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rebuttals to "Gun Control"
United States Senator and Presidential hopeful Bernie Sanders (I-VT) told CNN's Jake Tapper Sunday that as President, he would "bring us to the middle" in the gun rights/"gun control" debate, thus overcoming the cultural divide on the issue. Well, great--but "middle" of what?
Apparently not the geographic middle. In something of an echo of President Obama's "what works in Chicago may not work in Cheyenne" comment about gun laws, Sanders told Tapper that "guns in Vermont are not the same thing as guns in Chicago, or guns in Los Angeles." But, like Obama, Sanders clearly supports federal "solutions" to violent, criminal use of guns--"solutions" that would treat guns in Vermont just the same as guns in Chicago and Los Angeles.
If Sanders' voting record is any indication (and what better indication could there be?), his idea of "middle" would require background checks on all gun sales. This would in a very real sense be an utter, outright ban on private sales--because no sane definition of the word "private" allows room for the sale to be contingent on the FBI looking through the prospective buyer's background (increasingly, even the buyer's medical background) before it can proceed.
That's a pretty extreme "middle" you've got there, Senator.
Sanders' idea of the "middle" would also ban semi-automatic, detachable magazine-fed rifles--popularly, if inaccurately, referred to as "assault weapons"--and the "high capacity" (gun ban zealot-speak for "standard capacity") magazines that feed them. This is the "middle"? Sending people to prison for buying the most popular class of centerfire rifles in America is his idea of respecting the rights of gun owners? Prison time for buying an 11-round magazine is the "compromise" he wants to sell us? Outlawing the most useful arms for defense of one's home, one's life, one's family, and one's liberty is part of the give-and-take he proposes?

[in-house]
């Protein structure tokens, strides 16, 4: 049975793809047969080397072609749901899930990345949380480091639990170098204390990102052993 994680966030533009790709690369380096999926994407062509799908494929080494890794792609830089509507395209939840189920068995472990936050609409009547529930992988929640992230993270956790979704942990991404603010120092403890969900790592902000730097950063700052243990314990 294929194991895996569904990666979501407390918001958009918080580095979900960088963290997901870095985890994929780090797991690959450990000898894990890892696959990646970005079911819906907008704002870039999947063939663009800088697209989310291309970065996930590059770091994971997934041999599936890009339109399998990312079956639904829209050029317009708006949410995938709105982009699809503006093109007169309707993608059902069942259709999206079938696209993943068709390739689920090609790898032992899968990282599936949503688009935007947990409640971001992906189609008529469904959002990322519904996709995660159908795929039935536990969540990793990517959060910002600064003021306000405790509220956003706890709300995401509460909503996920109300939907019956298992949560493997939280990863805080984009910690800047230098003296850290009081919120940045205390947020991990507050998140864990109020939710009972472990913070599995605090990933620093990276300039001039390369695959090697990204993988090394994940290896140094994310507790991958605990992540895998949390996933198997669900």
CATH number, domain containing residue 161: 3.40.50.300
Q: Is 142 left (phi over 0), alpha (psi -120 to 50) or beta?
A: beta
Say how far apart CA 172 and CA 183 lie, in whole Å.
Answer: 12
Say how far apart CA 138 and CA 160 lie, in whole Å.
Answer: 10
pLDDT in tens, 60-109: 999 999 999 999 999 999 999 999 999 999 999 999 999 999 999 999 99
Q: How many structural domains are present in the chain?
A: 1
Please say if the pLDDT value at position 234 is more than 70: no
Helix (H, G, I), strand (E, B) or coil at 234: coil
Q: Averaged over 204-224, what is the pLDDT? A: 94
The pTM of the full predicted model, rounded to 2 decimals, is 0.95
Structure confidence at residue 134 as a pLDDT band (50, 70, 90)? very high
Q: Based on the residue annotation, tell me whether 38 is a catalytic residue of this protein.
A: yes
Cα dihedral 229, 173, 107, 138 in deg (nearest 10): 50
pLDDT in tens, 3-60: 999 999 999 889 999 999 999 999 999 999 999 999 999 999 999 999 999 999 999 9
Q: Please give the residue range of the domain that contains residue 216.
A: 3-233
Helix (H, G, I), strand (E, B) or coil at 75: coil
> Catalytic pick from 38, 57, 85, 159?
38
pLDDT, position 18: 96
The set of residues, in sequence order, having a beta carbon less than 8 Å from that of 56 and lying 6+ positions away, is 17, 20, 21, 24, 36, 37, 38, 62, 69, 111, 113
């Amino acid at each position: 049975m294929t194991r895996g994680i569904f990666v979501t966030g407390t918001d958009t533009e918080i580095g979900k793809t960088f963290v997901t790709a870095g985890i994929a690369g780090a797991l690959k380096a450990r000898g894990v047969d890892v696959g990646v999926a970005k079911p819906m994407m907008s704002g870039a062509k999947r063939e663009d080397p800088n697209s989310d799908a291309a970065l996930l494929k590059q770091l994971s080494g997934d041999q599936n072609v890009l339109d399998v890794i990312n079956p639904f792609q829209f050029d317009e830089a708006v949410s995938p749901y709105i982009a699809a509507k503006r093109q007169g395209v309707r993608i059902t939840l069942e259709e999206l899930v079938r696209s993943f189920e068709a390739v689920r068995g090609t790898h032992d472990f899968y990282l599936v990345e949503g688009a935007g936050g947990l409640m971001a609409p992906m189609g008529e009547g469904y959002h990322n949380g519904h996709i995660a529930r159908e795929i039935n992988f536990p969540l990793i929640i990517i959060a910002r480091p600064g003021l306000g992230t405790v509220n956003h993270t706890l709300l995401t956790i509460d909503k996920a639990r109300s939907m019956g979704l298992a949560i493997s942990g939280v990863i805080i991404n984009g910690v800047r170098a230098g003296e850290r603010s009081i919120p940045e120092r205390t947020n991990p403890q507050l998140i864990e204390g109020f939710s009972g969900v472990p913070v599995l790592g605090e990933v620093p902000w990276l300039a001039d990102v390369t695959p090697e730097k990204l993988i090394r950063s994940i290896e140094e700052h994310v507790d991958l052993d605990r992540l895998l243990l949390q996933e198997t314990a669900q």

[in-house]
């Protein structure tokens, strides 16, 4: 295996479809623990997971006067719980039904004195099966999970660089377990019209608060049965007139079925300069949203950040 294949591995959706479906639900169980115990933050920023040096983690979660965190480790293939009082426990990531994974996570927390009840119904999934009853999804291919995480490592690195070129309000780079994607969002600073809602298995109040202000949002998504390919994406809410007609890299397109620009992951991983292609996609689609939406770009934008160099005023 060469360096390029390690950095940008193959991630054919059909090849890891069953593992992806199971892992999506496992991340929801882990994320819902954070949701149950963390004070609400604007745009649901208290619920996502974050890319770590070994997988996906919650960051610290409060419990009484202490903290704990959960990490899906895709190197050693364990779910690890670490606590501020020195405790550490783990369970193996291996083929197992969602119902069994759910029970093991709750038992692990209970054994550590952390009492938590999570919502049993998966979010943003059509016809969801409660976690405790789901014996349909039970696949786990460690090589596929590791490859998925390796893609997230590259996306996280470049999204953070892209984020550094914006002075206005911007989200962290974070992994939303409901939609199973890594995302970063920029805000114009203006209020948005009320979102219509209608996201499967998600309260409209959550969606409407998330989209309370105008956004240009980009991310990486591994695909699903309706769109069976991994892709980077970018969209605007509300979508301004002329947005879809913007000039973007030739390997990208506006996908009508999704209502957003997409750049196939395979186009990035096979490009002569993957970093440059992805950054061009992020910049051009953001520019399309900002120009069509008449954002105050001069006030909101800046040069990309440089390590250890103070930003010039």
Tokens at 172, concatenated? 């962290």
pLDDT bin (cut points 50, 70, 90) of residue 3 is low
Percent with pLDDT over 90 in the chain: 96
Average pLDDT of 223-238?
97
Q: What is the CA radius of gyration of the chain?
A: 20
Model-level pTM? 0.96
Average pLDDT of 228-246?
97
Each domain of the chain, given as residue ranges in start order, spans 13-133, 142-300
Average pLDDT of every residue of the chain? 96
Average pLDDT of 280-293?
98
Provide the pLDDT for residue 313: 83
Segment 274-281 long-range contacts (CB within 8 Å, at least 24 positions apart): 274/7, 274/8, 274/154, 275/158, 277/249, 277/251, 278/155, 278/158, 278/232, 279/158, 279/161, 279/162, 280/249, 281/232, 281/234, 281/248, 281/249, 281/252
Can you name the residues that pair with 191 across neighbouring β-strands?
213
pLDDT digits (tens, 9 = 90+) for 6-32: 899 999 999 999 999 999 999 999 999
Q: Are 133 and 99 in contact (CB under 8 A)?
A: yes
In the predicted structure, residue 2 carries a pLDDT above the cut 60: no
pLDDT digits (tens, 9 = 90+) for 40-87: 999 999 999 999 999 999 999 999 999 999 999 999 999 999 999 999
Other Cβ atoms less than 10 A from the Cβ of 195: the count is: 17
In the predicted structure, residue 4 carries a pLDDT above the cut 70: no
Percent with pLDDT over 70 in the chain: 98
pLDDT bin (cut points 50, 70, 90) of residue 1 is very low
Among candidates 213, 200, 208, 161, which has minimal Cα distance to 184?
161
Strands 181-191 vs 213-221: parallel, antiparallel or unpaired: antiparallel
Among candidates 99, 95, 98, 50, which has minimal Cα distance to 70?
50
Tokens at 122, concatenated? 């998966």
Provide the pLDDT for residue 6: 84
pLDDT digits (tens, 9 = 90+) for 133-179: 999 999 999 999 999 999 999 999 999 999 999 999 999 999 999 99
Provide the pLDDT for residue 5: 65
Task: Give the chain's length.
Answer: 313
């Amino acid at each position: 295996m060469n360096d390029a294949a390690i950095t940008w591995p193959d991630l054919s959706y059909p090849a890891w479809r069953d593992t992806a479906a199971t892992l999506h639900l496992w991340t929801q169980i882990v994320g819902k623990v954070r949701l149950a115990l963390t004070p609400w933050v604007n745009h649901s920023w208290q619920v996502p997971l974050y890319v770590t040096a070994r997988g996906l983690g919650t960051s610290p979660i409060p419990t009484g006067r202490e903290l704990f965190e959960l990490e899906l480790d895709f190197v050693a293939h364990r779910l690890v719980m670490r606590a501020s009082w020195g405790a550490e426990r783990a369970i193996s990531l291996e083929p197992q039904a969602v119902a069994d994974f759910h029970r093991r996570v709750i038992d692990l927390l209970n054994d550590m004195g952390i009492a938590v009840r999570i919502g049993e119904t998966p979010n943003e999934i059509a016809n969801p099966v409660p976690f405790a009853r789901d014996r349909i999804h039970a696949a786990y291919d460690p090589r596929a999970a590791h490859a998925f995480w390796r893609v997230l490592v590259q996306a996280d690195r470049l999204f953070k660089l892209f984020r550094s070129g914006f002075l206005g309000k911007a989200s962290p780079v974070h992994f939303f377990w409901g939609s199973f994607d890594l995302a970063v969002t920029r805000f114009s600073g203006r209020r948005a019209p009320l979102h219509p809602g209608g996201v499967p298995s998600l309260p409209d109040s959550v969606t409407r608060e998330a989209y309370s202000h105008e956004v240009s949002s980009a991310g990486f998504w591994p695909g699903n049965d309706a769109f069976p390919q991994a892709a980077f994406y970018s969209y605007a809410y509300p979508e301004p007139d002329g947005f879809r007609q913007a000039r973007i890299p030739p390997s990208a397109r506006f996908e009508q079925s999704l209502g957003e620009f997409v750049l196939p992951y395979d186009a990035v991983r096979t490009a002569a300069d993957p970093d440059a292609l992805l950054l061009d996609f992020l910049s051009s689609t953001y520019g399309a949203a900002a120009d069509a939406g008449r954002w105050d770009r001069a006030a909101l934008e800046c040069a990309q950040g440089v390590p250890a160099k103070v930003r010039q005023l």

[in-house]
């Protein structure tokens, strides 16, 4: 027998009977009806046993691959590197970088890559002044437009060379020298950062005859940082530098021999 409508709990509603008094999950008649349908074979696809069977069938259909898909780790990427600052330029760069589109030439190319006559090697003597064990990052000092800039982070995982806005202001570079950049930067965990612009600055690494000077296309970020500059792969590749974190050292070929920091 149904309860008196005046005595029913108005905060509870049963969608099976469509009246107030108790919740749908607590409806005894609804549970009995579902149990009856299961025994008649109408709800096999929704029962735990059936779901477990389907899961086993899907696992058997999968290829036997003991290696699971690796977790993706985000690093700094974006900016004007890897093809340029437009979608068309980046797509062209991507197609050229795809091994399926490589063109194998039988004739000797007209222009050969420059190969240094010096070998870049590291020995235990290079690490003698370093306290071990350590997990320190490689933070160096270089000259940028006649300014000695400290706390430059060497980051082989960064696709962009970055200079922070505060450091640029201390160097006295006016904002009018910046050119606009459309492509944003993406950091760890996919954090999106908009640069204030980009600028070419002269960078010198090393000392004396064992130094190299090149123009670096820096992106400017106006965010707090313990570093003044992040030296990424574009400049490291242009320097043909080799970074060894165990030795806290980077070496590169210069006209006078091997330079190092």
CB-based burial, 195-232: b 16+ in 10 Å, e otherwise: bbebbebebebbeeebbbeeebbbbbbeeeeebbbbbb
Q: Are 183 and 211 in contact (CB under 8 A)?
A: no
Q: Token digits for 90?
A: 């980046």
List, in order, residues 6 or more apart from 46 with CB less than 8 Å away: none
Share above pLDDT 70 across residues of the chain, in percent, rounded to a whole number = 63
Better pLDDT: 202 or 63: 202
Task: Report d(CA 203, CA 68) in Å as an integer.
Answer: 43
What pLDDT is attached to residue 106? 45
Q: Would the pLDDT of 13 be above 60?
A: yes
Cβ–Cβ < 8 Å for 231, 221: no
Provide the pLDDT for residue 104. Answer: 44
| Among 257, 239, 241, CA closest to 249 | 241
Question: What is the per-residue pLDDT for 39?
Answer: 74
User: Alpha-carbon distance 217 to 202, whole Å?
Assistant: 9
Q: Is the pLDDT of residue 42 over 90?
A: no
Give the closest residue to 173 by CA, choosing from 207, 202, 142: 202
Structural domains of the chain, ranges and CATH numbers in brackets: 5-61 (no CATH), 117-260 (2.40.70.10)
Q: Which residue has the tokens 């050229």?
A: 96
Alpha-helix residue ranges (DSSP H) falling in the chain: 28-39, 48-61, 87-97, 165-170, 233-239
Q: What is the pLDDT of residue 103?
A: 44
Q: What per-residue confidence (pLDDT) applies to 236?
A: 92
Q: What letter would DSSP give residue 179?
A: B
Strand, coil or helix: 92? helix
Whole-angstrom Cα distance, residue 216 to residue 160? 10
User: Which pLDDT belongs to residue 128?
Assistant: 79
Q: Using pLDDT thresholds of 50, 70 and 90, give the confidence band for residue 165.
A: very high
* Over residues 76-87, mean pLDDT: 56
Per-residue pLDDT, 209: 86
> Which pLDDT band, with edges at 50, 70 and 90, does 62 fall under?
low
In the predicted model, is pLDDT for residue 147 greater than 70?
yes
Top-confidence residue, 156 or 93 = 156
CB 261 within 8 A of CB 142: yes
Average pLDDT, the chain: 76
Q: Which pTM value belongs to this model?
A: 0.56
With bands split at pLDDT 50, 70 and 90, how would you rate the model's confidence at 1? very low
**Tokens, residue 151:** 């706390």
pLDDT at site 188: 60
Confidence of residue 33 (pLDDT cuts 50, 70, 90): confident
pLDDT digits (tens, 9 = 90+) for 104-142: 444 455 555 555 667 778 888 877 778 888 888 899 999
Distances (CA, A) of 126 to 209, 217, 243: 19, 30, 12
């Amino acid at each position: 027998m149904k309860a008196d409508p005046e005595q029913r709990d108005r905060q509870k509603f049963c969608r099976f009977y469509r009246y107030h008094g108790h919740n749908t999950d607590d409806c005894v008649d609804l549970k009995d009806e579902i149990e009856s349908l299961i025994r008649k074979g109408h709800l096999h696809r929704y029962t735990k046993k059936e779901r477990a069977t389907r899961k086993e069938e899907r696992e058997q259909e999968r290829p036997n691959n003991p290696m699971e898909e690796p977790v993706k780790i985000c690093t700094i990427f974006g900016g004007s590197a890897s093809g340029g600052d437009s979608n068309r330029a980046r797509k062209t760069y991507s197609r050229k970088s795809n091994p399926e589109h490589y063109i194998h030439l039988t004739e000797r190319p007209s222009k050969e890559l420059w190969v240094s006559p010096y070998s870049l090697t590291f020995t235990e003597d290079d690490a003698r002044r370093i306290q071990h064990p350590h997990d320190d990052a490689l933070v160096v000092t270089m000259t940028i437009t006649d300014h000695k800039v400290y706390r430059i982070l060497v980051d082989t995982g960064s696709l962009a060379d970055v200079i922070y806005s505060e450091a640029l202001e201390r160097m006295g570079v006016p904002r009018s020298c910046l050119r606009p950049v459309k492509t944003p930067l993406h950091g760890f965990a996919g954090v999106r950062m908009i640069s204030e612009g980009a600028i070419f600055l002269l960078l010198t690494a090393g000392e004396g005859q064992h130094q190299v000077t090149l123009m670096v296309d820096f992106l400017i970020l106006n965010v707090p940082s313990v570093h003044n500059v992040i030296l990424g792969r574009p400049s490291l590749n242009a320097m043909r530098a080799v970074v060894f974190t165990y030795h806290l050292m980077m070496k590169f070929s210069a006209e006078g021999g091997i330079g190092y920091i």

So what do gun owners get in return for all of this? That some guns would still be allowed? For now? That the penalties for violation of these laws would not include capital punishment (for now)?
This would of course create a brand new "middle," one vastly closer than before to a total gun ban. Would anyone care to wager that soon after these laws took effect, some politicians--perhaps including Sanders himself--would not call them "a good first step"?
But even putting aside the slippery slope argument--and this is more of an oiled Teflon precipice--what we are talking about here is anti-gun extremism. How extreme is it? So much so that tens of thousands--perhaps hundreds of thousands--of "assault weapon" owners in Connecticut, and now in New York (two states not generally characterized as populated by militantly pro-gun folks) are willing to risk prison time for violating those states's "assault weapon" registration (not ban, but "merely" registration) laws.
Does Sanders really believe that nationwide compliance with the draconian laws he favors would be any greater? Perhaps--if he thinks he's found the "middle" of the gun debate, he is clearly capable of convincing himself of just about anything.
A former paratrooper, Kurt Hofmann was paralyzed in a car accident in 2002. The helplessness inherent to confinement to a wheelchair prompted him to explore armed self-defense, only to discover that Illinois denies that right, inspiring him to become active in gun rights advocacy. He also writes the St. Louis Gun Rights Examiner column. Kurt Hofmann Archive.